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The land of birds of prey

At the end of February we visited the oldest project of WWF Greece: the Evros Project in Dadia National Park. It focuses on the conservation of rare birds of prey, especially Egyptian, black and griffon vultures. These large birds are threatened by illegal use of poisoned baits, electrocution and collision with energy infrastructures.

Their actions are carried out in Thrace, mostly in Evros and Rhodope regional units, the last stronghold of these 3 vulture species in Greece. The black vulture is now extinct in Bulgaria as a nesting species. The only breeding colony in the Balkans is located in Dadia National Park in the Greek part of the Rhodope Mountains.

Credits: Management Body of Dadia National Park

Greatest threat

To protect their livestock, many shepherds poison wolves, but also unwittingly and indirectly kill vultures. Poisoned baits are considered the greatest threat to vultures. The Evros Project puts a lot of effort to combat it.

By talking to the shepherds, the awareness grows. It is a long battle against the impending extinction of the vultures. Many poisoned baits are still used. Until this battle is won, Kiko, the anti-poison dog of the WWF Greece’s team, tracks down poisoned baits and animals. By removing them from the countryside, many animals, wild and domestic have been saved.

Credits: A. Piloni / WWF Greece


The Evros Project promotes alternatives to minimize wolf attacks on sheep:

1. Fladry fences: a rope with flags. Farmers put it at 80 cm from the ground. The flags frighten the wolves.

2. Fox lights: wolves are afraid of these lights.

3. A network of livestock breeders with good sheepdogs. This is the most effective way to protect the herd from wolves. The Evros Project provides good shepherd puppies to the livestock breeders in the Thrace area. Since 2018 they provided 36 puppies so far.

Credits: P. Babakas / Management Body of Dadia National Park

Evros Project team

The WWF Greece's team keeps track on the number of vultures' pairs, nests and juvenile vultures to present the results of its efforts to protect the vultures. It’s a small team of 4 members so they also rely on a large number of volunteers. We interview two team members and the volunteers. We meet Ela, Dora, Leonie, Catarina, Monica, Jonny and Alex. The entire video is on our YouTube channel.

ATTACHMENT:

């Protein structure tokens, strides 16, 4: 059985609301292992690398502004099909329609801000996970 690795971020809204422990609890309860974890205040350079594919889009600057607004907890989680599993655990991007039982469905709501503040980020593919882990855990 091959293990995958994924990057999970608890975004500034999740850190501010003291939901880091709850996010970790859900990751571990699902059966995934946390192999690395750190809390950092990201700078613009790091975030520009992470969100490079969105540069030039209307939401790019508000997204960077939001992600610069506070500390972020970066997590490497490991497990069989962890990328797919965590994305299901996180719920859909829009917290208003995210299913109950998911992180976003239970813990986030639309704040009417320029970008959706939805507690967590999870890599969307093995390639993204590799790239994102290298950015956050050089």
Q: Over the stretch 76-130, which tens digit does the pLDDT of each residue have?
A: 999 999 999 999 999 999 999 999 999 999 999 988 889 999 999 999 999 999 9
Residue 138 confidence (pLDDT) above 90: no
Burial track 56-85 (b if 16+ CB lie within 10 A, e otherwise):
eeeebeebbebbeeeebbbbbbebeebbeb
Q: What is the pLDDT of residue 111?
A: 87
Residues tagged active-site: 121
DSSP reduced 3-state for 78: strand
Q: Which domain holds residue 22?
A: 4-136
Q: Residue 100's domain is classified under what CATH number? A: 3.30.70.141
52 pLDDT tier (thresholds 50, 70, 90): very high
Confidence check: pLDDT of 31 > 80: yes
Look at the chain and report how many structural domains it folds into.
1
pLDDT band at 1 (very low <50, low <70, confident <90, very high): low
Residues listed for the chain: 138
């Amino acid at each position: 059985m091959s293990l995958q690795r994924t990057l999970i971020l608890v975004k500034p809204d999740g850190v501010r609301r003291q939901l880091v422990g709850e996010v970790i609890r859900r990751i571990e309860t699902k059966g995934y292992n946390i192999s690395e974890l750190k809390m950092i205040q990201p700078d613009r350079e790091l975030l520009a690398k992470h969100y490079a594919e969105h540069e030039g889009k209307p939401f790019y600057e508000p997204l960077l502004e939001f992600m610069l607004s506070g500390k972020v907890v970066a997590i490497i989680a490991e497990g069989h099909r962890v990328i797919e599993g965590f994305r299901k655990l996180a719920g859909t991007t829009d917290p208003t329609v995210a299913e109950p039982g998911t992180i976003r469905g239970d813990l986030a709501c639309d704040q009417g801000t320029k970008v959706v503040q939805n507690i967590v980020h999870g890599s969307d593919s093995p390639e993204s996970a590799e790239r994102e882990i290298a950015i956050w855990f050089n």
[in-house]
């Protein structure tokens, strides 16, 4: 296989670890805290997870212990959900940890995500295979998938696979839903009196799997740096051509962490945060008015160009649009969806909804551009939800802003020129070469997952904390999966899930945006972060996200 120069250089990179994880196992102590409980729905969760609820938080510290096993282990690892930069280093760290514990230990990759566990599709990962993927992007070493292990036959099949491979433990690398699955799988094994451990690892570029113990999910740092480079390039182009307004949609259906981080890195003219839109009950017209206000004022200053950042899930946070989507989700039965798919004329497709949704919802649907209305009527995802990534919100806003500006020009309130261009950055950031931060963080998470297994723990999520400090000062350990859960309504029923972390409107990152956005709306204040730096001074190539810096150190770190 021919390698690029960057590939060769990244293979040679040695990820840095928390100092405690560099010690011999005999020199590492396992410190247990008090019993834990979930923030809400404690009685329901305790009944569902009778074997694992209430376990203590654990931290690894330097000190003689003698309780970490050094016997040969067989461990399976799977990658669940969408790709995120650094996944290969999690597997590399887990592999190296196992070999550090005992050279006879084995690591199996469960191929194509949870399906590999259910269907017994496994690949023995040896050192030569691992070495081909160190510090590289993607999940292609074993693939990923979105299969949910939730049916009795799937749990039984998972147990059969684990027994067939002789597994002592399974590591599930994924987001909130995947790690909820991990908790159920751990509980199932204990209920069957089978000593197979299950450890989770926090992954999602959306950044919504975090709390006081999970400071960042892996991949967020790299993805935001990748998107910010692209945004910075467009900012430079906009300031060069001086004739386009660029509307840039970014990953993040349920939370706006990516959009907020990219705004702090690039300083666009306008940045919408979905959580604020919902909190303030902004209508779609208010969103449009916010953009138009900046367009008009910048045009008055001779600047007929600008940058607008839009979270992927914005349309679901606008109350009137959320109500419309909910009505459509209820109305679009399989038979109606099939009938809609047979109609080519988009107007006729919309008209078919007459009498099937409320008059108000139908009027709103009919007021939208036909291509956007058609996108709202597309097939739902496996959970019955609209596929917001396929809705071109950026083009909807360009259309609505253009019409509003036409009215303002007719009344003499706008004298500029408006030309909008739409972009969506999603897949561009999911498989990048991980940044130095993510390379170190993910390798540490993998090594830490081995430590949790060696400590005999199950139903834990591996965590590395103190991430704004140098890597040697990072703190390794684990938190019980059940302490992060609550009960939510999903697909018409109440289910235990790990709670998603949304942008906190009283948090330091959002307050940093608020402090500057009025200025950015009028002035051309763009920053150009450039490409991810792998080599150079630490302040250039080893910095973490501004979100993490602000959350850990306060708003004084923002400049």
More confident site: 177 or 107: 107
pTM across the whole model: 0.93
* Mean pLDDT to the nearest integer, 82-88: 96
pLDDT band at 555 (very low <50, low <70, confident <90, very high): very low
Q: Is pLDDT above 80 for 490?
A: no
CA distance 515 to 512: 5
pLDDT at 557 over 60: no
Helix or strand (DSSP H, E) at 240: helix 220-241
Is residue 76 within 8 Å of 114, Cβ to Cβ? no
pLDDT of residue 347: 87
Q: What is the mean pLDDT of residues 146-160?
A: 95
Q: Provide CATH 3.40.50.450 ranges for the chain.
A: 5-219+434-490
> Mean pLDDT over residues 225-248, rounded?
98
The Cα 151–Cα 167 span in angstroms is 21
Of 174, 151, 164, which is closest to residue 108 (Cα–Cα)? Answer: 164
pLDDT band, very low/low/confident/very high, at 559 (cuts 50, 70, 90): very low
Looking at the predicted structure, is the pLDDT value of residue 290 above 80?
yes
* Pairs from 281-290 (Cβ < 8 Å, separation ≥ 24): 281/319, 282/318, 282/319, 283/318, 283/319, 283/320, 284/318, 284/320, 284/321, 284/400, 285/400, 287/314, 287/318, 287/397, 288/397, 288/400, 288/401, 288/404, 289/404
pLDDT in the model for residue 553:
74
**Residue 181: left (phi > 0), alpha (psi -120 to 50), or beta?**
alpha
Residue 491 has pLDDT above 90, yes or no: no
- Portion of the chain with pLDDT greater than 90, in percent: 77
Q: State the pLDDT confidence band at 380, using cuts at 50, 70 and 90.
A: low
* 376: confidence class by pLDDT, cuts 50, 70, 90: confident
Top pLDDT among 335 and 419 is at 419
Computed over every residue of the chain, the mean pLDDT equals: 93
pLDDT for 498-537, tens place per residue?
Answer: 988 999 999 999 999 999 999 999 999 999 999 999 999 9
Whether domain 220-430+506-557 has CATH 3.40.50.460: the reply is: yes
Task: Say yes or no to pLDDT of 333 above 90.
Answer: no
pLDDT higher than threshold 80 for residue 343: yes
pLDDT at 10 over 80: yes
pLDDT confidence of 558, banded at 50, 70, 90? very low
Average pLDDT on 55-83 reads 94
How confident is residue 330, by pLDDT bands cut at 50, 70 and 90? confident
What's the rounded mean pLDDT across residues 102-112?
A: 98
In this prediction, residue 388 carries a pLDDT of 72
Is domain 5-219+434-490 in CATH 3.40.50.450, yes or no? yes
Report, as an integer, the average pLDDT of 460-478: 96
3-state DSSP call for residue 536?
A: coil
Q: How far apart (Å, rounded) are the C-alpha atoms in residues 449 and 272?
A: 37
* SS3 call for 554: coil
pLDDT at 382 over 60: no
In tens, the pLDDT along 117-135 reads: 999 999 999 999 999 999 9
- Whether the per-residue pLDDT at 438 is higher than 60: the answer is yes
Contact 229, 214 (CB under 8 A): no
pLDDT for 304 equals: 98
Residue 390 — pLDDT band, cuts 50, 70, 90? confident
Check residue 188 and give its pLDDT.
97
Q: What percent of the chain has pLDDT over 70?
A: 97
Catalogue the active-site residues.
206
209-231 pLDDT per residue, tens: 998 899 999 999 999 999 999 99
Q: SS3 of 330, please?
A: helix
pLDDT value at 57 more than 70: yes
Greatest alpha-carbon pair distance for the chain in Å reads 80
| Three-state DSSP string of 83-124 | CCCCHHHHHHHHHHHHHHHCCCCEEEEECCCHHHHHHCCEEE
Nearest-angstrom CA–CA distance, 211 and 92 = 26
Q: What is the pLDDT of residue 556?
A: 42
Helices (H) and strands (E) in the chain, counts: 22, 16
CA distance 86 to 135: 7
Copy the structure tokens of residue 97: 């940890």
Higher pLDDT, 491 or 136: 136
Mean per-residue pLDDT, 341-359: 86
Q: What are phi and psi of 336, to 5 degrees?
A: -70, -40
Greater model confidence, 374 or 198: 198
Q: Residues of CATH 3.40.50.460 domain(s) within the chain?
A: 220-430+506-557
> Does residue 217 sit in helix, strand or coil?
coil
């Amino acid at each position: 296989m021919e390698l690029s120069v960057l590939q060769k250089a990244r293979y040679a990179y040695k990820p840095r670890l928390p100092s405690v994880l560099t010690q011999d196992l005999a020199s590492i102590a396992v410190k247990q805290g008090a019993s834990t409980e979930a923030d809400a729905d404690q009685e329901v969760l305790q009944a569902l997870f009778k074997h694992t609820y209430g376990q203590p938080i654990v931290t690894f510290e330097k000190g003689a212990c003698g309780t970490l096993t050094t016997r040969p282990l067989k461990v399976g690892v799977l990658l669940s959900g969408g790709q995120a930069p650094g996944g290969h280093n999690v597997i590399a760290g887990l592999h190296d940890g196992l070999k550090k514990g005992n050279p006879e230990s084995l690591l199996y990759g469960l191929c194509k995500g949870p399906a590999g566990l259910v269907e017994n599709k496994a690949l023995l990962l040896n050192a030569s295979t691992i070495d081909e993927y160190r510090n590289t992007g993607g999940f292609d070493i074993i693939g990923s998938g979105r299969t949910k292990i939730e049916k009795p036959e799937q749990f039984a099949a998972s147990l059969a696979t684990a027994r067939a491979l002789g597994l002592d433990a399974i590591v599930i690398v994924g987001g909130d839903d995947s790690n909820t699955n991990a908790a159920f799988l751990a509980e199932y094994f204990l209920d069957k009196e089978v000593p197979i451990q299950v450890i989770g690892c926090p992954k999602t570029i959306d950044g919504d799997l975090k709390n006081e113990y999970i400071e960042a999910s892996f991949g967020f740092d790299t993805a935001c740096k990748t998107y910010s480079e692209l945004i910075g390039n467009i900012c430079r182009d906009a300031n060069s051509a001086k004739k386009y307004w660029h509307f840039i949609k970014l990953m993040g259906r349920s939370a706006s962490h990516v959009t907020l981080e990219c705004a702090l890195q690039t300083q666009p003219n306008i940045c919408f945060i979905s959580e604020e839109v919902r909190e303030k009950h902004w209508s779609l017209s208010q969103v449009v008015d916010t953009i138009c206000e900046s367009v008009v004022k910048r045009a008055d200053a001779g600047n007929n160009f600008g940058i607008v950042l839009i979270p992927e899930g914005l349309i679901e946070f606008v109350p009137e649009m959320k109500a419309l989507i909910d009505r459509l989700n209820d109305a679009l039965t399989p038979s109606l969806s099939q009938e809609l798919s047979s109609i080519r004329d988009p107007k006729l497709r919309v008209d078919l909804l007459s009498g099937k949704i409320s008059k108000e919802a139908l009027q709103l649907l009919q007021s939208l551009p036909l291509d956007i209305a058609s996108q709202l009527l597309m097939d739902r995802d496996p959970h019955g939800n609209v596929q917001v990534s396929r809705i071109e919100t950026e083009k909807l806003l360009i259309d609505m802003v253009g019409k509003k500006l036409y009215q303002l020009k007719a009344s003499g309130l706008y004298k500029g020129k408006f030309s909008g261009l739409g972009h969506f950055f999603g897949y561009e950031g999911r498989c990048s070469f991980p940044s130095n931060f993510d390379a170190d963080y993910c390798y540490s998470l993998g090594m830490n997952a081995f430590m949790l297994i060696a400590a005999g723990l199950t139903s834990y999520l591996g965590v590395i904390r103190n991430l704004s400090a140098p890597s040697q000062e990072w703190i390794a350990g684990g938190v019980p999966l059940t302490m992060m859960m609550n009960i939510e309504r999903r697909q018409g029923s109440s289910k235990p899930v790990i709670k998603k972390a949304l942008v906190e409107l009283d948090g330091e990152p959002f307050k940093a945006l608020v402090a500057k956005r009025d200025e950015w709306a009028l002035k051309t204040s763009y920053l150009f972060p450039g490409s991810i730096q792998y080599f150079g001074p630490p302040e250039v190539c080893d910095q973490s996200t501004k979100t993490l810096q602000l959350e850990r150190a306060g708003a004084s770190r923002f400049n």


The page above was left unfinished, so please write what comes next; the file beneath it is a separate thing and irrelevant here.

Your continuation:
Field Researcher Ela

Ela started as a volunteer in 2006. Since 2009 she is a member of the Evros Project. She tells us about the most endangered vulture: the Egyptian vulture. Its conservation is more challenging because it migrates. It spends 6 months in Dadia National Park in spring and summer and 6 months in Africa. In 2011 to 2016 4 organizations in Greece and Bulgaria ran the first EU LIFE Project. Since 2017 14 organizations in 10 countries are running the second EU LIFE Project. The awareness to save the vultures from extinction is growing.

Project Leader Dora

In 1992 Dora started as parttime researcher recording the forest vegetation for the needs of the first management study of the Dadia forest. She is born on Zakynthos, where we had our second aid project to help the Sekania Project to protect the Caretta Caretta (zeeschildpad).


The enthusiastic team of volunteers tells us what’s it like to volunteer for the Evros Project and how to apply for the job.

The way we help the Evros Project through our foundation

As Ela explains in the video it is very important to work together with locals. To grow awareness of the need to save the vultures the Evros Project wants to present their efforts to the local communities. Recently their projector to do these presentations broke down. That’s why we bought a new projector for them.

Visiting Dadia National Park

Despina is a guide at the Management Body of Dadia National Park. She is working here since 1994. Since 1987 the vultures are supplementarily fed once a week. At the observatory you can spot the vultures at the feeding station. The best time to spot them is in spring and autumn, early in the morning.

The forest of Dadia is also referred as “the land of birds of prey”. It is a very important and well known biotope of Europe, located along one of the most significant bird migratory passages of the Western Palearctic. It is one of the few places in Europe in which many species of flora and fauna of the Balkan Peninsula, Europe and Asia coexist and thrive.

You can spot the golden eagle, the white-tailed eagle, the imperial eagle, the lesser spotted eagle, the greater spotted eagle and the short-toed eagle. In addition to the birds of prey, approximately 166 other bird species been observed here, two of which have been characterized as endangered in Greece, the black stork and the grey partridge. The park also hosts 60-65 mammal species, such as the roe deer, otter, wolf, wildcat, wild boar, stone marten, weasel and badger, 13 amphibian species and 29 species of reptiles.


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